Still, I had the benefit of being raised in my own culture. My grandmother told me about her sister turning into a dog after a withdoctor hexed her. Then she followed it up with stories about The Llorna and dragged me to her little church in East L.A. where the mass was said in Spanish and the congregants swore the Virgin de Guadelupe shed tears of blood. On Sundays, I watched my uncle made menudo and on Christmas, my aunts made tamales and taught me to roll out the masa. Sure, I had to put up with their derision of my aspirations for a higher education, but at least I knew what it felt like to be raised in a real Mexican family...even if that family was technically not my own.

I have absolutely no idea how much more LOST I would feel if I did not have that enriching experience.

When I read about the other Mexican adoptee and tried to imagine myself being raised outside my culture, it hit me that this is the plight of the transracial adoptee. Of course it is. I knew that! I read their stories and feel sad. But I felt it like a sucker punch in the gut. Ouch.

I really HATE being asked what I'm grateful for when it comes to my adoption.

Well, I'm finally grateful for one thing.

Being raised as a Mexican-American. At least the social worker got that right.

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Friday, September 07, 2007

The Mexican Adoptee

Not looking for sympathy.

Just for proof of another Mexican-American adoptee.

Not a "half-breed." With a white mother and a Mexican father.

But the child of a Mexican mother with one of those big, extended Mexican families that, but rarely, give their children away because of close knit family ties, etc.

I have an adoptive cousin who is Mexican. He doesn't know who is mother is, but apparently he didn't leave the family. A childless couple in the clan raised him. So that doesn't count.

It really drives me crazy when somebody points out that Latino's don't give away their kids. I'm not arguing with this "rule." I believe it. Because, it appears, I'm the exception. My mother gave me away despite family pressure to keep me. She was Mexican. According to cultural tradition, she should have kept me. I'll give her this. She was a rebel.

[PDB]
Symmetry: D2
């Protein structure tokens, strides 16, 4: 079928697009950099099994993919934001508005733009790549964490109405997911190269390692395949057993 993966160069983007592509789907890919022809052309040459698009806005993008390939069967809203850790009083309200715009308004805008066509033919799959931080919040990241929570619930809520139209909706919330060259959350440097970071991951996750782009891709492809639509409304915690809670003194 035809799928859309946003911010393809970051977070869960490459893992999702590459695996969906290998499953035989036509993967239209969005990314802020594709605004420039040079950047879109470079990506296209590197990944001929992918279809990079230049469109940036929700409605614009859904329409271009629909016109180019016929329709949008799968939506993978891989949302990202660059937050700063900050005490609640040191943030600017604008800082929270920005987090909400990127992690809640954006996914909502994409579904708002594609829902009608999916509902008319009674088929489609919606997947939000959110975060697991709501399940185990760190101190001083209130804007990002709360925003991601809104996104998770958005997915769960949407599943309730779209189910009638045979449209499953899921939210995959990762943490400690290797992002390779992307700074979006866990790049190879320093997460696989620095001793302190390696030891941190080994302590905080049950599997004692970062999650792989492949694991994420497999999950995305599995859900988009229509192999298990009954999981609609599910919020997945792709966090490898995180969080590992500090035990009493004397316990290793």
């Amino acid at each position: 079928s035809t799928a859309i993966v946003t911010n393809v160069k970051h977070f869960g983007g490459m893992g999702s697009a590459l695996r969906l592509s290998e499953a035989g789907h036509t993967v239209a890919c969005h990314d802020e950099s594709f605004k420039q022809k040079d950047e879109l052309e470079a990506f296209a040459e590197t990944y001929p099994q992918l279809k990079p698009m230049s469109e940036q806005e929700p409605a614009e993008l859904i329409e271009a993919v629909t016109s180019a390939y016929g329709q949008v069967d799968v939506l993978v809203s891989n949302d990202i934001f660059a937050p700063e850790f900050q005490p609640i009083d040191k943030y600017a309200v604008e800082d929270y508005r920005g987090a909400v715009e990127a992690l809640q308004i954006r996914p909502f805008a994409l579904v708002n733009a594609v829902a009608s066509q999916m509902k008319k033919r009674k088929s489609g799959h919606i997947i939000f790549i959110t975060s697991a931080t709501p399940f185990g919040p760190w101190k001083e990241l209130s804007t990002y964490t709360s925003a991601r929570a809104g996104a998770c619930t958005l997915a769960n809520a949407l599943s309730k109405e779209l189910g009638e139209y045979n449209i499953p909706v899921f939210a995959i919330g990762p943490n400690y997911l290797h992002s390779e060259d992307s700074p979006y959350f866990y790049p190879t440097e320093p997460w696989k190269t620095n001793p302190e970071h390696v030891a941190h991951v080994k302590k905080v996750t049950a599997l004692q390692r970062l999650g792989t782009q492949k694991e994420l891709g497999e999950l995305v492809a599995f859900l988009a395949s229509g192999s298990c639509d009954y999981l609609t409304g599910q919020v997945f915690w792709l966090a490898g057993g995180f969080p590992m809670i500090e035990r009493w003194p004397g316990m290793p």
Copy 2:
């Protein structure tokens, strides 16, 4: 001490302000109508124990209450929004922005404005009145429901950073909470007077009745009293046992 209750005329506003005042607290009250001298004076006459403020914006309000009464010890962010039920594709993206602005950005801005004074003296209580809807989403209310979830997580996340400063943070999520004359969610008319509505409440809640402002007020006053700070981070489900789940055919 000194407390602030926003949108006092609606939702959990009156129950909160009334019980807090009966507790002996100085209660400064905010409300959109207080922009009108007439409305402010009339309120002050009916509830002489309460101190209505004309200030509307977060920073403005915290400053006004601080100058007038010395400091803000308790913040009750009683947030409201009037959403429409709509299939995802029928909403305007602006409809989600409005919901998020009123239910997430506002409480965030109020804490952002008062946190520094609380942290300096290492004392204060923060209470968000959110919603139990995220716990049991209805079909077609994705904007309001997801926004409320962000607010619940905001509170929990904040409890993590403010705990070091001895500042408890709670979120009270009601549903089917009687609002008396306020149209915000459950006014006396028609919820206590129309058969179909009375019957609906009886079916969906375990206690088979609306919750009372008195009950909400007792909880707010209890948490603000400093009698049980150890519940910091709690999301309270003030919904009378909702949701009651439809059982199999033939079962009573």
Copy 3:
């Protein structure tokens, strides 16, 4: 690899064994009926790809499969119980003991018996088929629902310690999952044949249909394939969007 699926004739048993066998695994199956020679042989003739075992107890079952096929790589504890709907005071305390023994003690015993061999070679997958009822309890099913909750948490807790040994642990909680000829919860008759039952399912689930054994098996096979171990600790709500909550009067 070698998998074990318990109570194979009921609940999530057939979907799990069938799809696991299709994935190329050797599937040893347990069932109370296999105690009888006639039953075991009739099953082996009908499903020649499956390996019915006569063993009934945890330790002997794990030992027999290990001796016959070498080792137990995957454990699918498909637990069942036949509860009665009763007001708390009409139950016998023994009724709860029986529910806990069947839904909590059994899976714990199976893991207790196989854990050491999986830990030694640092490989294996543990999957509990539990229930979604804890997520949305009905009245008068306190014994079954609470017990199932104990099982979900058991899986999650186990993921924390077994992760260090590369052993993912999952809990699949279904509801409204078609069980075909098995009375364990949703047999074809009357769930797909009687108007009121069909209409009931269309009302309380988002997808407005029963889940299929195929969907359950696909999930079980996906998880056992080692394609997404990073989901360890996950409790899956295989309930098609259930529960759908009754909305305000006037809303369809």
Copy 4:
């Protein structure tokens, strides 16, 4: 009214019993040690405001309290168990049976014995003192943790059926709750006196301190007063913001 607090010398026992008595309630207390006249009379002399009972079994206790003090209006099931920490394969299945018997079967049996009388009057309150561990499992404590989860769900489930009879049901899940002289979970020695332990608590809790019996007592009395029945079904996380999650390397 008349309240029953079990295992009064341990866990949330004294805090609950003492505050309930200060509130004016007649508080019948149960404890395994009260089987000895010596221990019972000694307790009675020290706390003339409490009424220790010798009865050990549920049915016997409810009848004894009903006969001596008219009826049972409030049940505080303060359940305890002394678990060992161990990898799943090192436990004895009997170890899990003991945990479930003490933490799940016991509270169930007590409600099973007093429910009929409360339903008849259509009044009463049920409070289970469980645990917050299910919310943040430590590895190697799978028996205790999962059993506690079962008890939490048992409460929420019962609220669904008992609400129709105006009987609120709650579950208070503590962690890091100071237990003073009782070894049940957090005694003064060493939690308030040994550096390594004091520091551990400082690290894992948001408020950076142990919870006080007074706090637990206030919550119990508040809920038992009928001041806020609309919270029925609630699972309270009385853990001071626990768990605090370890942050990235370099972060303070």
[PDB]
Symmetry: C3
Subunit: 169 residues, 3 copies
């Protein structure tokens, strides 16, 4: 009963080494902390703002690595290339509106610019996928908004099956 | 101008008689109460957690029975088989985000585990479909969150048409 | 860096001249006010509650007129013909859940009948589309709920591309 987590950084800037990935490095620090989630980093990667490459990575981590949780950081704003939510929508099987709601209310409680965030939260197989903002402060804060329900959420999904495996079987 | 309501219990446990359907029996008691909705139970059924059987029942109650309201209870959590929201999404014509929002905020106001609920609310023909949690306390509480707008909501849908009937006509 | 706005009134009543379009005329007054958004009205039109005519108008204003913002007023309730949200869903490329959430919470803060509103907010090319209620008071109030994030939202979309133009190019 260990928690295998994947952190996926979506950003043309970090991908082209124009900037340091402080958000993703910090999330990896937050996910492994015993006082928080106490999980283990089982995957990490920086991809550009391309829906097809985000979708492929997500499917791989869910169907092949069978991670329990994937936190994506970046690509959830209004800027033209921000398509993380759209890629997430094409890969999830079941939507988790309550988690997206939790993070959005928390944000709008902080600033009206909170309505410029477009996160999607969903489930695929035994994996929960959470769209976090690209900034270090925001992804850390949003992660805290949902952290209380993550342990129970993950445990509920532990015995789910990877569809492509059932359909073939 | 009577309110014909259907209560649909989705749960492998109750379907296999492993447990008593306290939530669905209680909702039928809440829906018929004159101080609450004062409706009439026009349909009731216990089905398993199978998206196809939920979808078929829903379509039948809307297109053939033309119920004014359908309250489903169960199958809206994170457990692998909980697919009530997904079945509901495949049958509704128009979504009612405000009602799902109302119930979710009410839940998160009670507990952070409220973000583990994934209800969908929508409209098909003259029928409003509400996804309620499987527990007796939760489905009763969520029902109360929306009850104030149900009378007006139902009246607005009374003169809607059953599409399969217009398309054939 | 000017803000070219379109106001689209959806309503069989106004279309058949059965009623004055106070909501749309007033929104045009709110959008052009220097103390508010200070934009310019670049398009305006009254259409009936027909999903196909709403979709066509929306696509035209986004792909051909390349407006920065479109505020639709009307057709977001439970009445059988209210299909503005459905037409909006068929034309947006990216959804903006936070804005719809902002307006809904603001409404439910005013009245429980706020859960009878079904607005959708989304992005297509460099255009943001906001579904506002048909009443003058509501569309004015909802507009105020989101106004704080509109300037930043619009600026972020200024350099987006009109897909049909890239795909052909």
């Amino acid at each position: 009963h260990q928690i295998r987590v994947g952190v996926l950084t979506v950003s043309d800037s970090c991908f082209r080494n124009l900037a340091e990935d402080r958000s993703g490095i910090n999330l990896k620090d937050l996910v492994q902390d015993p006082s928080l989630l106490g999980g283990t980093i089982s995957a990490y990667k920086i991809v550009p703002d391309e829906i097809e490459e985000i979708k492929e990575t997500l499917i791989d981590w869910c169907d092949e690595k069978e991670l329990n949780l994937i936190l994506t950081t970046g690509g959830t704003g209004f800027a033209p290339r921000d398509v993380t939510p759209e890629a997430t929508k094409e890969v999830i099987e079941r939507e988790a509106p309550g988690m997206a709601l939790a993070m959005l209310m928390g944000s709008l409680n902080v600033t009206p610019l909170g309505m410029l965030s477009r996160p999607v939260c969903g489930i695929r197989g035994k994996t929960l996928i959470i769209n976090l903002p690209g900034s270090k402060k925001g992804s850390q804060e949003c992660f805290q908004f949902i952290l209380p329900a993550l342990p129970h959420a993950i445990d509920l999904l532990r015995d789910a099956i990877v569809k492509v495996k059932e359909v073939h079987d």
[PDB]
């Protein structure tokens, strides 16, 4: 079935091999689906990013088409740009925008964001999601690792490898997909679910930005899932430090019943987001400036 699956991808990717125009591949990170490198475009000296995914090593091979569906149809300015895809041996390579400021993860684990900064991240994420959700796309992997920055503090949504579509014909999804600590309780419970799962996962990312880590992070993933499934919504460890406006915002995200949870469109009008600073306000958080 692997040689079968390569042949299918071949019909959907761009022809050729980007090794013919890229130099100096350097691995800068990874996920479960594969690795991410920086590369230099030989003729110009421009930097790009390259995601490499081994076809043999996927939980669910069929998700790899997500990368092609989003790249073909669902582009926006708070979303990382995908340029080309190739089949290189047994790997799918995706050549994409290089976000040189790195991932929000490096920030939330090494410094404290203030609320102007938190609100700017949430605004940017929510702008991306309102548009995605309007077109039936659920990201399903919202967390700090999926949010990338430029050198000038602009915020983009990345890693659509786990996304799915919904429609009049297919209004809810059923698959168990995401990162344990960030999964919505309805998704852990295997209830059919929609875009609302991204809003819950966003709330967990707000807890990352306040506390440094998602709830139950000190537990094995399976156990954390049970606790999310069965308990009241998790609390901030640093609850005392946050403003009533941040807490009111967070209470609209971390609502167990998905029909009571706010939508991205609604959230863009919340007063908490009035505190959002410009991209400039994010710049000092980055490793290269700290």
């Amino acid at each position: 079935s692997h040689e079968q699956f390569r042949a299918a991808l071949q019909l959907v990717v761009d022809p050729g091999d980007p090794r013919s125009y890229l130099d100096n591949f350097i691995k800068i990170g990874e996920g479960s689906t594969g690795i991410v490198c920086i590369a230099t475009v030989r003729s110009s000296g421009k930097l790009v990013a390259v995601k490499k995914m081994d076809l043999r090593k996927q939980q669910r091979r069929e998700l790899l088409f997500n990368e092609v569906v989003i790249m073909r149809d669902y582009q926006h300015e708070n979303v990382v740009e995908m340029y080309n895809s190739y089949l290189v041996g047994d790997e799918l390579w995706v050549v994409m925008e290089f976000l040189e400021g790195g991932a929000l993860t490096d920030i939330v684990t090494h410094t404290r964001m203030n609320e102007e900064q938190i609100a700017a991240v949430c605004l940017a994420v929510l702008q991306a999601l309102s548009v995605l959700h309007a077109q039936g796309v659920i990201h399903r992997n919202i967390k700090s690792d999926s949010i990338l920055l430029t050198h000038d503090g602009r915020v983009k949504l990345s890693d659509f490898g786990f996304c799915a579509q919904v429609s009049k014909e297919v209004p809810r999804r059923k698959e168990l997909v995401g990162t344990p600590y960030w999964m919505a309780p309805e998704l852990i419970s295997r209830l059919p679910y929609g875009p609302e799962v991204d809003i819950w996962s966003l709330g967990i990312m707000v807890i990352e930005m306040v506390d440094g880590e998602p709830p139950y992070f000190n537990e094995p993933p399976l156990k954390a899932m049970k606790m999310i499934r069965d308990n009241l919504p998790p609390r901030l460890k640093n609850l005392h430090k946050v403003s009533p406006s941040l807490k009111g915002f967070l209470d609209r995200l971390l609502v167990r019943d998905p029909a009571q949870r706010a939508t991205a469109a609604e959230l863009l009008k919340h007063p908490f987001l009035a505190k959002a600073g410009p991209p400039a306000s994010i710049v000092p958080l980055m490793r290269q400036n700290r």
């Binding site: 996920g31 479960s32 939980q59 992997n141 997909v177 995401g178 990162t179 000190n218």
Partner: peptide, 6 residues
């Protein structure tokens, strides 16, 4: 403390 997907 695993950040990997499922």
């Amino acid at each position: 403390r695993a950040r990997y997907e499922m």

It drives me nuts because it FEELS like I'm only the Mexican adoptee of early 1960's vintage. Which only adds to feeling like the damaged product of a really bad experiment, otherwise known as the Closed Era.


The double whammy of knowing that the social worker must have sized up my mother: poor, minimally educated and, of course, Mexican. Never mind she was a Mexican of European descent with fair skin. A Mexican, she must have thought, was a Mexican. What difference could there be?

So much to my mother's HORROR (as revealed in reunion), I was placed with DARK Mexicans of Indian ancestry. Raised just as poor as my mother, complete with major family dysfunction, and who had achieved one slim rung higher on the socioeconomic scale. While the difference in skin color was disorienting (me being the only "light" one in my adoptive home), the difference in temperament and - what the hell? - intellect was profound. My adoptive parents were hard working and street smart, but without one bit of intellectual curiosity. They never read a single book and preferred television. They mocked anything smacking of culture, calling museums boring and going to college "a waste of time." They did not wonder about how other people live. I, on the other hand, wanted a life beyond the closed family system. I wanted to live in the world. As did my mother. THIS is what she'd WANTED for me when I was born. To live, as she dreamed, in the "white" world.

Hah! She had no idea that the practice of the time was "matching" and that I was not destined for "better," but the same. A lateral move. Because my a-father was and is a narcissist, I argue, worse off.

But time is funny.

Without me to tie her down, my mother was free to move UP and UP she did...the old fashioned way: a financially successful marriage. Never mind that the man turned out to be, well, a pervert. She traveled around the world. Read non-fiction. Is able to talk about all sorts of things, places and ideas.

I have a picture of myself at 12 in 1972 and my mother in the same year, after achieving her "dream" of upward mobility.

God, I hate looking at that picture. We look so much alike. But I'm not with her. She is posed, still very youthful, with her two grandchildren. I'm sitting in the middle of two people of no relation, a human sacrifice to the hopes and dreams of three people.

Some days, this being the lone exception to the "fact" that Mexicans don't give away their babies for adoption, is a real downer.